In Jeff Kahn’s response today to my post last week about American citizens’ right not to be stranded abroad by their government, Jeff asks more about my views: “Is international travel the same two-way street for her that it is for me? And do we see the same value in judicial review?” So I thought I’d explain my views a little bit further. I argued Thursday that the right against banishment is absolute—that the U.S. government must allow its citizens to come home. For me, at least, that right against banishment is quite substantially more muscular than the rights Jeff identifies.
Start with the right to travel. We have 850,000 adults on parole in this county. A common parole requirement, enforced by threat of re-imprisonment, is a limit on the right to travel, both interstate and internationally. So a right to travel as robust as the right against banishment—that is, a right to travel that is never forfeit—would require a radical change to current practice.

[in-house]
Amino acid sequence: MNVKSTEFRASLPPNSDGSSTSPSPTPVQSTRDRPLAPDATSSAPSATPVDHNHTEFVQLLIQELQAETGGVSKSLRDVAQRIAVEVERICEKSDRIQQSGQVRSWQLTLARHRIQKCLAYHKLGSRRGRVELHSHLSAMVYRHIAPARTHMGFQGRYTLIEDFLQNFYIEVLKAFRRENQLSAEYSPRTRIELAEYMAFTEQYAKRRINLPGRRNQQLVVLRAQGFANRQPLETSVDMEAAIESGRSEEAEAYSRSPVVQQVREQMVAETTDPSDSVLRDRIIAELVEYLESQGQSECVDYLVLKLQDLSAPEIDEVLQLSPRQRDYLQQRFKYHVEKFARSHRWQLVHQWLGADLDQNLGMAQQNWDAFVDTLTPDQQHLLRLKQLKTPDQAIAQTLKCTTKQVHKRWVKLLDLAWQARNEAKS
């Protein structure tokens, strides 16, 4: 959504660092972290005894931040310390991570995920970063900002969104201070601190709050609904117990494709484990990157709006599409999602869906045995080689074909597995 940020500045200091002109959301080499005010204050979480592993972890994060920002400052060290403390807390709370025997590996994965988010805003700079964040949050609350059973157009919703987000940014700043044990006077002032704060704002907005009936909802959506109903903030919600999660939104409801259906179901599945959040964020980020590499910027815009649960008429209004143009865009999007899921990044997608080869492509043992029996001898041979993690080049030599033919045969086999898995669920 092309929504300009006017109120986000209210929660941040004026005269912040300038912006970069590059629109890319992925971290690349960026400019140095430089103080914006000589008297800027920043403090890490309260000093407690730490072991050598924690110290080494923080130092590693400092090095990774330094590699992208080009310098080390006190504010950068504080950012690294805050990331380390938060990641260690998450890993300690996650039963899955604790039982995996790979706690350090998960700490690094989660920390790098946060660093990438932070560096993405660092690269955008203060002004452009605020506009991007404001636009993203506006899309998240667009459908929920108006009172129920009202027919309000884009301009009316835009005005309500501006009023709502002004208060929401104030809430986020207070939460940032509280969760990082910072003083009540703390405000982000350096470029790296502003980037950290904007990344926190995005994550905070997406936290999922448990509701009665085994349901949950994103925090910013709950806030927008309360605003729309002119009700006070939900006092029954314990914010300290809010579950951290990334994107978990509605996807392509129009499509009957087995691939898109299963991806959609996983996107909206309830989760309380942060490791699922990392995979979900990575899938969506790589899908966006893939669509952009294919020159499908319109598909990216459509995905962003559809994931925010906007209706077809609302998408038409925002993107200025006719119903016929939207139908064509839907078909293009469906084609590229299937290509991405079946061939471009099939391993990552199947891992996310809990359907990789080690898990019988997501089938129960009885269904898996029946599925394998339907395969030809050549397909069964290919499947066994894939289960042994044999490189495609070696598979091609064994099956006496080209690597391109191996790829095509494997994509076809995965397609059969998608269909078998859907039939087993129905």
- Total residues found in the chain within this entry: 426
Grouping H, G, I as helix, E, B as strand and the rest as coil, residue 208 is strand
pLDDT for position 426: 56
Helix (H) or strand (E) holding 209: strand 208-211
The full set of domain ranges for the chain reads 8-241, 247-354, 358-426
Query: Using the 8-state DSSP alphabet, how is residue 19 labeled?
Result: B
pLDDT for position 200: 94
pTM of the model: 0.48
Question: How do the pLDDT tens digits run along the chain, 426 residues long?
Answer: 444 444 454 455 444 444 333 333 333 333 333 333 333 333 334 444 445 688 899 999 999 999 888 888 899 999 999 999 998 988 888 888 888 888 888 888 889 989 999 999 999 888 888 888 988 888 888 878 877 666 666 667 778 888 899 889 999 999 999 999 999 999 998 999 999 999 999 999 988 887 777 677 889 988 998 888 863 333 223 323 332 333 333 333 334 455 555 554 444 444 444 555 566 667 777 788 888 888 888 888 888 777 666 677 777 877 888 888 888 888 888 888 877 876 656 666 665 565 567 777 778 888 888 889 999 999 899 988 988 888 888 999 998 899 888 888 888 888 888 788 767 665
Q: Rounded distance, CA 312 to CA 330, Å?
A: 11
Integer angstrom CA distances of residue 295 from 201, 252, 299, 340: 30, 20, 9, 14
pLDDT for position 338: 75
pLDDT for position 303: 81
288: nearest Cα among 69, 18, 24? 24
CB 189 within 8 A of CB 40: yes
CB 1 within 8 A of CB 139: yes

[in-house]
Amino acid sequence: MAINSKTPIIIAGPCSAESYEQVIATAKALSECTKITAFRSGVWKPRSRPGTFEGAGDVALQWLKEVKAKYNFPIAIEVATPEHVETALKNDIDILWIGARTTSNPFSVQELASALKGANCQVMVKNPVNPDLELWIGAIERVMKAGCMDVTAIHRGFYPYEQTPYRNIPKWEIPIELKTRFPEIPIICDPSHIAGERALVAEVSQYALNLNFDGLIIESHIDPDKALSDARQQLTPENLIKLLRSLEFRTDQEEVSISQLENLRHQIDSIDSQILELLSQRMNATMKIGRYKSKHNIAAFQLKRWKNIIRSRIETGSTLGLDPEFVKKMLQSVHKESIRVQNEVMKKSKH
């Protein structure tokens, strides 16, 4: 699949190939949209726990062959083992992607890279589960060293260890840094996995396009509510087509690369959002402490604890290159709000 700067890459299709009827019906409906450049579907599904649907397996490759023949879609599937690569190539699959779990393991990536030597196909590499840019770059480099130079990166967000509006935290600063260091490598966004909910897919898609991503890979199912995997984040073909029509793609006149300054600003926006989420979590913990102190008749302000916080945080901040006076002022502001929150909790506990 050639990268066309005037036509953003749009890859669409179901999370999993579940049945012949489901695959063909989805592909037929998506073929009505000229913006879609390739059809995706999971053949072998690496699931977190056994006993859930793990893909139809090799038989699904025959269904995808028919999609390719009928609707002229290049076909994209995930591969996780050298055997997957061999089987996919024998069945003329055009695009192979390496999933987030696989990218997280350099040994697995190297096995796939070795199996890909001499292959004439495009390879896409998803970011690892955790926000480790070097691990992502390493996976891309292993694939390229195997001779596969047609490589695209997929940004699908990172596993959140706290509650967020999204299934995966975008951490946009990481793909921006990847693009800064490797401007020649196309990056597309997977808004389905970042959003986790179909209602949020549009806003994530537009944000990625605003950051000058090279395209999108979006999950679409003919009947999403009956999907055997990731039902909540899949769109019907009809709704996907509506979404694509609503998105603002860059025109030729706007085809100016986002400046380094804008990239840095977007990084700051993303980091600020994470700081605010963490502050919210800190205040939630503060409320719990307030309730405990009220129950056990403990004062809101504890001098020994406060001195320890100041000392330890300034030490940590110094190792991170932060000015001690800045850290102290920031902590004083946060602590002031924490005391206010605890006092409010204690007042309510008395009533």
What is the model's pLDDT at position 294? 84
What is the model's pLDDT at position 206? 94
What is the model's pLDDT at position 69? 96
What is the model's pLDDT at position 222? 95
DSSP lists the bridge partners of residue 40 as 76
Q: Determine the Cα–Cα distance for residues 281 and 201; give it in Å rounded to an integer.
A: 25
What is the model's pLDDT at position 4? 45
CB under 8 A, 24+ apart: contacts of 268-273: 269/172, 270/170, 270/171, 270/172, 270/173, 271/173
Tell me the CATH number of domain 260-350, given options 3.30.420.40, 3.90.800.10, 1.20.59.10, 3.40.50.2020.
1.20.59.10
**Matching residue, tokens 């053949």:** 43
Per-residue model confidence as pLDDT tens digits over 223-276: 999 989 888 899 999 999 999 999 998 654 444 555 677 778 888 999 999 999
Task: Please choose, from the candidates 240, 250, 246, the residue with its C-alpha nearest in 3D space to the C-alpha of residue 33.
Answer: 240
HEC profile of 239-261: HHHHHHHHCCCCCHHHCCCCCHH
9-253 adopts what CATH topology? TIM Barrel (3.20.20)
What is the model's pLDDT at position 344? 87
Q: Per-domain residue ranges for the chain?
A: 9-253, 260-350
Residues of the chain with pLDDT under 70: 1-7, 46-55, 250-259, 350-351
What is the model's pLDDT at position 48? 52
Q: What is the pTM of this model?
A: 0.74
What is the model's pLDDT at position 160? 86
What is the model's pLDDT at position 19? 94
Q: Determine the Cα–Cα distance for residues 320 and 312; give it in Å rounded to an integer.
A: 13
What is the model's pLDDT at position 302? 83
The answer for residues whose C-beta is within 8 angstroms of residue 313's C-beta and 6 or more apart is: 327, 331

And what about the right to judicial review? I am, like Jeff, enamored of judicial review. Congress’s provision for judicial review in no-fly cases, under 49 U.S.C. § 46110, seems to me good policy. But constitutionally compelled? I’m not so sure. What process is due, under the 14th or 5th Amendment, is highly context-specific. And caselaw allows extraordinarily grave deprivations to be visited by the state without judicial oversight. For example, the Supreme Court in 2005 ratified Ohio’s “informal, nonadversary procedures” as a constitutionally sufficient prerequisite to sending prisoners to long-term confinement in a supermax prison, where “incarceration . . . is synonymous with extreme isolation.” On the other hand, the Court has “suggested . . . that the Constitution may well preclude granting ‘an administrative body the unreviewable authority to make determinations implicating fundamental rights.’” In 1932, Justice Brandeis (in dissent) noted that “under certain circumstances, the constitutional requirement of due process is a requirement of judicial process.” Is inclusion in the No-Fly List one of those circumstances? Given that Congress has provided judicial review, it’s a constitutional question unlikely to be answered.